Daniel Levy has appointed 11 full-time managers at Tottenham Hotspur and fired every single one of them, with Antonio Conte the latest through the exit door after the club confirmed his inevitable departure on Sunday night. Conte is simply the latest high-profile coach to be the fall guy for the longest-serving chairman in the Premier League.
Sooner or later, there will be a 12th appointment. It could be Julian Nagelsmann, out of work since being fired by Bayern Munich last week, or Levy might opt to hire Mauricio Pochettino for a second time. Oliver Glasner, the Eintracht Frankfurt head coach, is another candidate having guided the German club to Europa League success last season.
No matter who succeeds former Chelsea, Juventus and Inter Milan coach Conte at Spurs, he will have to crack the code of working with Levy and achieving his lofty ambitions. He will also be expected to do it without the ability to compete financially with Tottenham’s Big Six rivals. And if he fails, it won’t be the players or Levy who pay the price. That’s how it worked out for Conte, Jose Mourinho, Harry Redknapp, Andre Villas-Boas and even Pochettino, who guided Spurs to a Champions League final in 2019.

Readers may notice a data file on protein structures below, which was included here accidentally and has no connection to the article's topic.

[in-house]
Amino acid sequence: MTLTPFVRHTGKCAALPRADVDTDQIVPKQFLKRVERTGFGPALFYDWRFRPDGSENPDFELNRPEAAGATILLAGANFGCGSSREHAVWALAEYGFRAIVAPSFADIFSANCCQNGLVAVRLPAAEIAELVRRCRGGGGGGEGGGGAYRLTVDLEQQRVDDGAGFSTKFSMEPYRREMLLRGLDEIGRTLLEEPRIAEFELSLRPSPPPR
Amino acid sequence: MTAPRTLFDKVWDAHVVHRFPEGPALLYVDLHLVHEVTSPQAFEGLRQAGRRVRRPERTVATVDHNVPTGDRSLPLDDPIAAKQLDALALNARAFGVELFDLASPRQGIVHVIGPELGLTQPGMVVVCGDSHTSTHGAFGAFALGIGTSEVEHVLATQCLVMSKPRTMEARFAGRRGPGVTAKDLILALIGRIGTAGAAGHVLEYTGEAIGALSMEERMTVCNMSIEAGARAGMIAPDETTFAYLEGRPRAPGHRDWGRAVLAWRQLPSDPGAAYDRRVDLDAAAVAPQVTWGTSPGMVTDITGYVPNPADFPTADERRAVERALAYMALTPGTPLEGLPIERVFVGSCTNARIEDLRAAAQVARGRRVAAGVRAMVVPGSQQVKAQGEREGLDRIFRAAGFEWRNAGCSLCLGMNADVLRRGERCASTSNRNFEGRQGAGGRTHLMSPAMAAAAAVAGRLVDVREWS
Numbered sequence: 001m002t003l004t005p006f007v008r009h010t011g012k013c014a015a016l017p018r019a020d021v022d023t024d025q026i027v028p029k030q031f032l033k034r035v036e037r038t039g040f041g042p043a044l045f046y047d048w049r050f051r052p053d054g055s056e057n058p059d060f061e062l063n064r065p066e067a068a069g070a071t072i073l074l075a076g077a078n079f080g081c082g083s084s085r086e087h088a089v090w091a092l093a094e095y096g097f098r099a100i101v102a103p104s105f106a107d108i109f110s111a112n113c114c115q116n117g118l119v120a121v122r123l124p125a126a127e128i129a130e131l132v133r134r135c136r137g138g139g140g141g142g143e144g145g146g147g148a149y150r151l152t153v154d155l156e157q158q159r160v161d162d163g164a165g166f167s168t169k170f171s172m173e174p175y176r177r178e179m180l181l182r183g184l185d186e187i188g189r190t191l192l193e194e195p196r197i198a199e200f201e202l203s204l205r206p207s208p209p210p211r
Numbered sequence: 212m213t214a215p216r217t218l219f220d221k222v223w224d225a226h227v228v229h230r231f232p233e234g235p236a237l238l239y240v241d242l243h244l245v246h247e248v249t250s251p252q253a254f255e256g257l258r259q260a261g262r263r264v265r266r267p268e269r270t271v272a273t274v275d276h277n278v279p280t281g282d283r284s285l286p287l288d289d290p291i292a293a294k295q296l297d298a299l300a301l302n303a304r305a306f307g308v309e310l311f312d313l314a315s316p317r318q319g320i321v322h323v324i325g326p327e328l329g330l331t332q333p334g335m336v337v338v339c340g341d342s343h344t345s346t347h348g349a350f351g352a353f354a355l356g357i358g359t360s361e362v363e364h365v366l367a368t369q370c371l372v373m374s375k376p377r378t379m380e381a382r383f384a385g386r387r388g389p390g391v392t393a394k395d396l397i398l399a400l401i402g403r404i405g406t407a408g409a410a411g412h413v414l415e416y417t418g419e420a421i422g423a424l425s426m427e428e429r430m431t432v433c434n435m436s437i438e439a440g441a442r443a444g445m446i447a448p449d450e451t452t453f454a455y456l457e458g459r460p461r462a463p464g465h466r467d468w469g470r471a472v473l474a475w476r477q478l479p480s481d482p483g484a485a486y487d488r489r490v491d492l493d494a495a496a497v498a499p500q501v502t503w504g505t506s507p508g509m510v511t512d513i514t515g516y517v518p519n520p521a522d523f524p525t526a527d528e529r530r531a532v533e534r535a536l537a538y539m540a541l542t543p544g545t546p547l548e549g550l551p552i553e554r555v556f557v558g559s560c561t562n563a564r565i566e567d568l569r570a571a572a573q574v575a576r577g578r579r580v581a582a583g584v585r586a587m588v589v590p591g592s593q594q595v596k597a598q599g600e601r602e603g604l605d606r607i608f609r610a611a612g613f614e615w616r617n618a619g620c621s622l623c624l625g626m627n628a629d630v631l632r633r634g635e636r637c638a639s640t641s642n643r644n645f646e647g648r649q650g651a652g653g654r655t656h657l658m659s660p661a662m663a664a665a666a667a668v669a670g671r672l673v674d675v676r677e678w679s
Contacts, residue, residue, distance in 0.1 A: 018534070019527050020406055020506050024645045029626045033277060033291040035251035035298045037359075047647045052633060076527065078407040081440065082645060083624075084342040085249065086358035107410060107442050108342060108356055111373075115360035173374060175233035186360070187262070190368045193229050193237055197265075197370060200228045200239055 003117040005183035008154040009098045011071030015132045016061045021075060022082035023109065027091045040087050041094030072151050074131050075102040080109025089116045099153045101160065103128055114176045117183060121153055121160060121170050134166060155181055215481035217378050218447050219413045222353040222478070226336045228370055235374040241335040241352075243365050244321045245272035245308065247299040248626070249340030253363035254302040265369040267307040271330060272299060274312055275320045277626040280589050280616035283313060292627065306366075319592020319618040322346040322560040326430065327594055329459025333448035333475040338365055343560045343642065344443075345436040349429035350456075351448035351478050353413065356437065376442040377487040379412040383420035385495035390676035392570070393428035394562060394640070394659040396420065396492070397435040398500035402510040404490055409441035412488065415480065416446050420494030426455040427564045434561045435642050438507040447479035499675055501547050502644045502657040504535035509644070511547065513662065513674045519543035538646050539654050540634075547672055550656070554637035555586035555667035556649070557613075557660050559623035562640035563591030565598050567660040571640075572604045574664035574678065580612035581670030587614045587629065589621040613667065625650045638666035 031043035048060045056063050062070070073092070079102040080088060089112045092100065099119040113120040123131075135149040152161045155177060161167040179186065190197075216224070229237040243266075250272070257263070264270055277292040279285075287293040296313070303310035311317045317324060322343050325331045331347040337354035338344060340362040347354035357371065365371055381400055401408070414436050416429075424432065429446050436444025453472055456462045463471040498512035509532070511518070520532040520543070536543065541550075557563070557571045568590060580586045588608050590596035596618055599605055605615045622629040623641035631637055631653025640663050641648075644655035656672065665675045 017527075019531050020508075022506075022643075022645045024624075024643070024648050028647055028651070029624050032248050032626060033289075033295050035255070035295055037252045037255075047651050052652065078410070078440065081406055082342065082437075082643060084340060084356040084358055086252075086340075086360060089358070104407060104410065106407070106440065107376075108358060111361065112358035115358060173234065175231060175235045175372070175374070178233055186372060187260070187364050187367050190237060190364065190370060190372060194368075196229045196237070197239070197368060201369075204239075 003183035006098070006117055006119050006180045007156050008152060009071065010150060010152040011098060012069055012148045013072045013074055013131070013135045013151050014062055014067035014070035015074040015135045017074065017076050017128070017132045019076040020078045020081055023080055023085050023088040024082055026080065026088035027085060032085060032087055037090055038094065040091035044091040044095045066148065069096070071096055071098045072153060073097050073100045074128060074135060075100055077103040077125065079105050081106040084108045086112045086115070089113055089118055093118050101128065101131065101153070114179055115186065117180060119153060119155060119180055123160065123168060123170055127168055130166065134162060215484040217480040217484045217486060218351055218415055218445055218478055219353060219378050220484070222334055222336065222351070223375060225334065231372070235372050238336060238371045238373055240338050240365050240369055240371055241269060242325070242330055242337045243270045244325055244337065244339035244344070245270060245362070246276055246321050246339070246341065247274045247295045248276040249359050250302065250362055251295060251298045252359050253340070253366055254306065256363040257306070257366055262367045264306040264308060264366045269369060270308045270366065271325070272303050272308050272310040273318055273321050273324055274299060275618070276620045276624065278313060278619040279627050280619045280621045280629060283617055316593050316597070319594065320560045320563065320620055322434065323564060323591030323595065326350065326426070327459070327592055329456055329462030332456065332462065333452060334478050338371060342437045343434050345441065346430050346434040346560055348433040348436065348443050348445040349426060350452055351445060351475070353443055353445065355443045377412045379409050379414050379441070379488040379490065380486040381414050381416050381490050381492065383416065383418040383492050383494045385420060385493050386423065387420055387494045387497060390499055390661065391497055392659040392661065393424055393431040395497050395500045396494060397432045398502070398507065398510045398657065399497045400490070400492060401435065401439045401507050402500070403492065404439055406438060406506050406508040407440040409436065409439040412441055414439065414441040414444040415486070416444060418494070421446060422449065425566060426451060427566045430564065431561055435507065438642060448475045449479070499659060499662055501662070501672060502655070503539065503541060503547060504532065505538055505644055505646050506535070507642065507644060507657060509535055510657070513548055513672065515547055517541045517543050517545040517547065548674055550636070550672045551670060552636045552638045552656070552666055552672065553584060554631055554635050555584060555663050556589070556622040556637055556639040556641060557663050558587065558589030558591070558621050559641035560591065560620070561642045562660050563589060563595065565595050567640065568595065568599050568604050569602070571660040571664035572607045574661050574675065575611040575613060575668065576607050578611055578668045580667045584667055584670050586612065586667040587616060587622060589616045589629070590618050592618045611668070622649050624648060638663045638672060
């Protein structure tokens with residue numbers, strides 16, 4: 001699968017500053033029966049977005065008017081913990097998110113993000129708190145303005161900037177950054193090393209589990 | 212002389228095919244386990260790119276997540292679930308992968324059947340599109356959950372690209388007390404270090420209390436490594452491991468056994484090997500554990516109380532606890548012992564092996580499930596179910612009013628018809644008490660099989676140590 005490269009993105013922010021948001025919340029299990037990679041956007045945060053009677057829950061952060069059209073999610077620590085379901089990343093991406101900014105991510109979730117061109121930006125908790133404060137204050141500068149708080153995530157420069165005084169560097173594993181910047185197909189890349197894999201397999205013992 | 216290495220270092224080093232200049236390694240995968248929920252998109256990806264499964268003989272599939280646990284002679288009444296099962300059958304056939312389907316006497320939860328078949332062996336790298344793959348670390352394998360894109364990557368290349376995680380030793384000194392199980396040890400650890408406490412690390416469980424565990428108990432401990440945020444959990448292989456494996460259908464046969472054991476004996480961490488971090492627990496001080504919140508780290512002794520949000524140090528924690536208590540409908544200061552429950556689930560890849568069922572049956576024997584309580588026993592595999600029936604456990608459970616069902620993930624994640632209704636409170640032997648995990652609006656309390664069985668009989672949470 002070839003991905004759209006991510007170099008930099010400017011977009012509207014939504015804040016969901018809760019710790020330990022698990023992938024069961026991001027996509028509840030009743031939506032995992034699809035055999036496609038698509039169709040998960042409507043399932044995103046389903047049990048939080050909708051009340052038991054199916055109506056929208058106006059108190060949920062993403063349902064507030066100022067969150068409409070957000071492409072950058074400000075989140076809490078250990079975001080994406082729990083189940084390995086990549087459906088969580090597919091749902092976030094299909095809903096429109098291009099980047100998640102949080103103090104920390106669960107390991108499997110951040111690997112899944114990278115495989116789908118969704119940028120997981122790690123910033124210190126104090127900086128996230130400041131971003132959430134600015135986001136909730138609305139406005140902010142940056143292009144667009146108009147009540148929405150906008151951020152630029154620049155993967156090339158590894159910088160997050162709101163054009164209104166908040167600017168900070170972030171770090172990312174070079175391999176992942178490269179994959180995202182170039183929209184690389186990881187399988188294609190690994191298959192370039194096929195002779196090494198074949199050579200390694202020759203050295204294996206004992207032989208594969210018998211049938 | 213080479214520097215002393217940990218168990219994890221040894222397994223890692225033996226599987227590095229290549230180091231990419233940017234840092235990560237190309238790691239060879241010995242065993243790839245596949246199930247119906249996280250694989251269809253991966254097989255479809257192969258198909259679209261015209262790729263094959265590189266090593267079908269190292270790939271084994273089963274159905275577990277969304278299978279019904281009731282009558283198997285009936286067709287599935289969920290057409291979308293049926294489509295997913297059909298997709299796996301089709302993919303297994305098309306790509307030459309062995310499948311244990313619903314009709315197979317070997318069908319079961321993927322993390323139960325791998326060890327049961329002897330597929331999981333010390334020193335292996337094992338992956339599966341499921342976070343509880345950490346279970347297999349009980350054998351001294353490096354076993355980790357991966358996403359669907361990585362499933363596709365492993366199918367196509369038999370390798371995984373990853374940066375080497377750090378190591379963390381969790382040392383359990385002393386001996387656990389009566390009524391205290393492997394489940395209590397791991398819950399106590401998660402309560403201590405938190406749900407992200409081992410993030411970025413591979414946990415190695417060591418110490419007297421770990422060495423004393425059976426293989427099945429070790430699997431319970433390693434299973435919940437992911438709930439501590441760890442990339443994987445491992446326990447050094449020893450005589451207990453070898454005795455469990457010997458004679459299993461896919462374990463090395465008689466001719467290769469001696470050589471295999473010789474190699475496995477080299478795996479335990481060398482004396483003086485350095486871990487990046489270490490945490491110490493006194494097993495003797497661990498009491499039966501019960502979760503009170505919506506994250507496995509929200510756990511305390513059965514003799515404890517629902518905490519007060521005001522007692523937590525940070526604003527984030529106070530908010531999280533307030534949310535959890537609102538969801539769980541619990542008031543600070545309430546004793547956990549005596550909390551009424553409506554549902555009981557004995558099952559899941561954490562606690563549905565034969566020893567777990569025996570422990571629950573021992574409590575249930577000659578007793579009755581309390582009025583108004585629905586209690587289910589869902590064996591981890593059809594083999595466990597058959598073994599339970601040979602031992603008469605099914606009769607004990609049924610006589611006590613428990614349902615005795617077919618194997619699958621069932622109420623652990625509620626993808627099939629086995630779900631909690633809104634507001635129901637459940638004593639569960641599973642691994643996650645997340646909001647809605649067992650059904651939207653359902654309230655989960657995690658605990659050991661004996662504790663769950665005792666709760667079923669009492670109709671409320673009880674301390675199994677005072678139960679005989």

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Levy, who assumed his role in February 2001, is not unique in removing the manager when storm clouds gather above his club. In football, it is usually too expensive to clear out a squad of under-performing players, while the chair or chief executive rarely accepts culpability for recurring failures by removing themselves from their position. Firing the manager is generally the quickest, easiest and least expensive option.
You will often read of eye-watering compensation figures paid out to sacked managers. Mourinho received a £16 million payoff when he left in April 2021, less than a week before Spurs were due to play Manchester City in the Carabao Cup final, but that amounts to the transfer fee for a second-choice full-back nowadays. Imagine how much it could cost to get rid of 8-10 players and replace them at the same time? That’s why managers are the first to go when times get tough.